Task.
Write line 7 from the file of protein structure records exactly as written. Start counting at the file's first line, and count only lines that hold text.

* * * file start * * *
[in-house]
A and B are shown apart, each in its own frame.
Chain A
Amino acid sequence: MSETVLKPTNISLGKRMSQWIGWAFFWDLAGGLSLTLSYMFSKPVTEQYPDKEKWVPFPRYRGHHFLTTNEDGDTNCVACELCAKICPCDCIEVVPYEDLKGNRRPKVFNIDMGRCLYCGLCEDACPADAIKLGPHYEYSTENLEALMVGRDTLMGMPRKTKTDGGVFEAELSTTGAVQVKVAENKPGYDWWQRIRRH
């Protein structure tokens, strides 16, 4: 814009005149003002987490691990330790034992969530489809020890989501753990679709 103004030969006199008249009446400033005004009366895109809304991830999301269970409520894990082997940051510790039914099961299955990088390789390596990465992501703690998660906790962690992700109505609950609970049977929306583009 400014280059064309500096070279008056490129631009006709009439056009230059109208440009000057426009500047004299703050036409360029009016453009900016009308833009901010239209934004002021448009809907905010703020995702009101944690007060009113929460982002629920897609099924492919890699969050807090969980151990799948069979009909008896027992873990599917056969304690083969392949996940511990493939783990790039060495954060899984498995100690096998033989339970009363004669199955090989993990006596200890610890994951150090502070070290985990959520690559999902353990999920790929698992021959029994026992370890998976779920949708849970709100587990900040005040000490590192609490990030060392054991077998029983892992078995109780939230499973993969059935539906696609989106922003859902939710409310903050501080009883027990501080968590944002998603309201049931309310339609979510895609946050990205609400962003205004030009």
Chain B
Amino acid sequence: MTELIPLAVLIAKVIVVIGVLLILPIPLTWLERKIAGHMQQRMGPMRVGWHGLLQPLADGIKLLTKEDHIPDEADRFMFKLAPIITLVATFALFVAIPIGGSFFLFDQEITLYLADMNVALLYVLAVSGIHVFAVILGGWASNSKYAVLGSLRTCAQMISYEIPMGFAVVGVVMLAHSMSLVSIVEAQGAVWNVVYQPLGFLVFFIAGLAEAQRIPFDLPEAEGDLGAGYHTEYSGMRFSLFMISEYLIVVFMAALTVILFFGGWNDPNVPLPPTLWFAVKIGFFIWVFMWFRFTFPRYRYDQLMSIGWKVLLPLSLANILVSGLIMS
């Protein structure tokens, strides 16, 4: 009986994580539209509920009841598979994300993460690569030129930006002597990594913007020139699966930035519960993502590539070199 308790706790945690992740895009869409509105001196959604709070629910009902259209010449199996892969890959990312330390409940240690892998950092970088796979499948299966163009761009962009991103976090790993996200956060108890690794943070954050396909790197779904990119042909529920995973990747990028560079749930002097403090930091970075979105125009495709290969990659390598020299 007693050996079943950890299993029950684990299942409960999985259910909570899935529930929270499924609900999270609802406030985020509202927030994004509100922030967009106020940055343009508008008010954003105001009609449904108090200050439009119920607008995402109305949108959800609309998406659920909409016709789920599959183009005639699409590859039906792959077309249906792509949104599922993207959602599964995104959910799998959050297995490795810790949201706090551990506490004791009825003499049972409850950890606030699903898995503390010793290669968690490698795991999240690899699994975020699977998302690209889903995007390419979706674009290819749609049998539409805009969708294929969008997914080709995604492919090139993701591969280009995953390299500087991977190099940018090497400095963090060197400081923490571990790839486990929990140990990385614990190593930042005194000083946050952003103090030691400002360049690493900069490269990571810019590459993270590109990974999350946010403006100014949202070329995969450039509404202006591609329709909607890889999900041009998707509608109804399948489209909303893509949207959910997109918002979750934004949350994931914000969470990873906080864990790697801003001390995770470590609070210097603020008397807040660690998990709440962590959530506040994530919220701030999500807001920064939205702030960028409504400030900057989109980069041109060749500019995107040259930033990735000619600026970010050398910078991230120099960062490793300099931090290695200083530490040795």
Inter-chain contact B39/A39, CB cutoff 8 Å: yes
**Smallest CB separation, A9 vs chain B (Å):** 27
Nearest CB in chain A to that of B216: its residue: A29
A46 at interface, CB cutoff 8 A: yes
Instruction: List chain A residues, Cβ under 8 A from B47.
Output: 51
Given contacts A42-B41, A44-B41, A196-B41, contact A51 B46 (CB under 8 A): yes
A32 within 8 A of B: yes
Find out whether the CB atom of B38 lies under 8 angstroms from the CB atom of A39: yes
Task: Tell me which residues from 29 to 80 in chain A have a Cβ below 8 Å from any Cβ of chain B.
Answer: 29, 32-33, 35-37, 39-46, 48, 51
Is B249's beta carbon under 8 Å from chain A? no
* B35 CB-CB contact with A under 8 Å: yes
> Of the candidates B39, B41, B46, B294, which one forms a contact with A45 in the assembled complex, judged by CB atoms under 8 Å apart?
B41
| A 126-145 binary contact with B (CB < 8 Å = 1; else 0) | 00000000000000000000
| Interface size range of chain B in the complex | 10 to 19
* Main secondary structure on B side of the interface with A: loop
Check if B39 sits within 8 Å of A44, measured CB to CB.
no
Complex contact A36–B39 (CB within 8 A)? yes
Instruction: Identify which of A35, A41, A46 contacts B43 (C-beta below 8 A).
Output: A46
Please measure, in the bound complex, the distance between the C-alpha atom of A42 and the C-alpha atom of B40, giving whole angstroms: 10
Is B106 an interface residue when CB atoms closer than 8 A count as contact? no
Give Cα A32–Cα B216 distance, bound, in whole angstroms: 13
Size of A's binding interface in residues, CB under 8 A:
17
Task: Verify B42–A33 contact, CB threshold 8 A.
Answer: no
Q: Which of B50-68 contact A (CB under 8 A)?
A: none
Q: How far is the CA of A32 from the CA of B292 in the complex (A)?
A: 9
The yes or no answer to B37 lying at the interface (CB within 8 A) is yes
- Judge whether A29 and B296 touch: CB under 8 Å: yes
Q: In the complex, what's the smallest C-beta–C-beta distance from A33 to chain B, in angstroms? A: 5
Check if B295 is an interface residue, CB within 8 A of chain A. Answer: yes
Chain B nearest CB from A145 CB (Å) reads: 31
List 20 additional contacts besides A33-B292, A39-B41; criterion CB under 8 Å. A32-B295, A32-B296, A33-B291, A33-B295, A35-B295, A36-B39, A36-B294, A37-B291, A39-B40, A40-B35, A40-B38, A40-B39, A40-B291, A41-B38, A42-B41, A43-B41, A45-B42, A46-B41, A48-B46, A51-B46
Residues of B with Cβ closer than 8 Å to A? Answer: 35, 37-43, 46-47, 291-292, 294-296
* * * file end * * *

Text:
Amino acid sequence: MTELIPLAVLIAKVIVVIGVLLILPIPLTWLERKIAGHMQQRMGPMRVGWHGLLQPLADGIKLLTKEDHIPDEADRFMFKLAPIITLVATFALFVAIPIGGSFFLFDQEITLYLADMNVALLYVLAVSGIHVFAVILGGWASNSKYAVLGSLRTCAQMISYEIPMGFAVVGVVMLAHSMSLVSIVEAQGAVWNVVYQPLGFLVFFIAGLAEAQRIPFDLPEAEGDLGAGYHTEYSGMRFSLFMISEYLIVVFMAALTVILFFGGWNDPNVPLPPTLWFAVKIGFFIWVFMWFRFTFPRYRYDQLMSIGWKVLLPLSLANILVSGLIMS